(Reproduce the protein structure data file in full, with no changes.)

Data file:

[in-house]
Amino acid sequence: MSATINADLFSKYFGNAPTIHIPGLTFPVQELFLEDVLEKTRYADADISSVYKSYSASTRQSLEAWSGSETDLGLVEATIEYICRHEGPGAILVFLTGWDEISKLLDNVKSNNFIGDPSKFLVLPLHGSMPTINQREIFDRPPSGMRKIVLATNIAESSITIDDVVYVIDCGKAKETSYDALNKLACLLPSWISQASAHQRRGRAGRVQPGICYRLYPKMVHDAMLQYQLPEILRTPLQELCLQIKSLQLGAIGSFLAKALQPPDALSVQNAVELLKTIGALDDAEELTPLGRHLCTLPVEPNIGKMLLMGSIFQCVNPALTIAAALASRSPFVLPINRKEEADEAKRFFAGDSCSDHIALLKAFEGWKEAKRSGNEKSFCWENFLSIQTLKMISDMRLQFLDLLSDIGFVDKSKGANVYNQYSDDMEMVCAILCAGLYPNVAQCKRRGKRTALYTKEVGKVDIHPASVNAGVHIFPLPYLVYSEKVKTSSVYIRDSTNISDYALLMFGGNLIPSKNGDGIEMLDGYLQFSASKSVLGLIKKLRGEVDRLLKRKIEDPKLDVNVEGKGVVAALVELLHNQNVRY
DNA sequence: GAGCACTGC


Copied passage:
[in-house]
Amino acid sequence: MSATINADLFSKYFGNAPTIHIPGLTFPVQELFLEDVLEKTRYADADISSVYKSYSASTRQSLEAWSGSETDLGLVEATIEYICRHEGPGAILVFLTGWDEISKLLDNVKSNNFIGDPSKFLVLPLHGSMPTINQREIFDRPPSGMRKIVLATNIAESSITIDDVVYVIDCGKAKETSYDALNKLACLLPSWISQASAHQRRGRAGRVQPGICYRLYPKMVHDAMLQYQLPEILRTPLQELCLQIKSLQLGAIGSFLAKALQPPDALSVQNAVELLKTIGALDDAEELTPLGRHLCTLPVEPNIGKMLLMGSIFQCVNPALTIAAALASRSPFVLPINRKEEADEAKRFFAGDSCSDHIALLKAFEGWKEAKRSGNEKSFCWENFLSIQTLKMISDMRLQFLDLLSDIGFVDKSKGANVYNQYSDDMEMVCAILCAGLYPNVAQCKRRGKRTALYTKEVGKVDIHPASVNAGVHIFPLPYLVYSEKVKTSSVYIRDSTNISDYALLMFGGNLIPSKNGDGIEMLDGYLQFSASKSVLGLIKKLRGEVDRLLKRKIEDPKLDVNVEGKGVVAALVELLHNQNVRY
DNA sequence: GAGCACTGC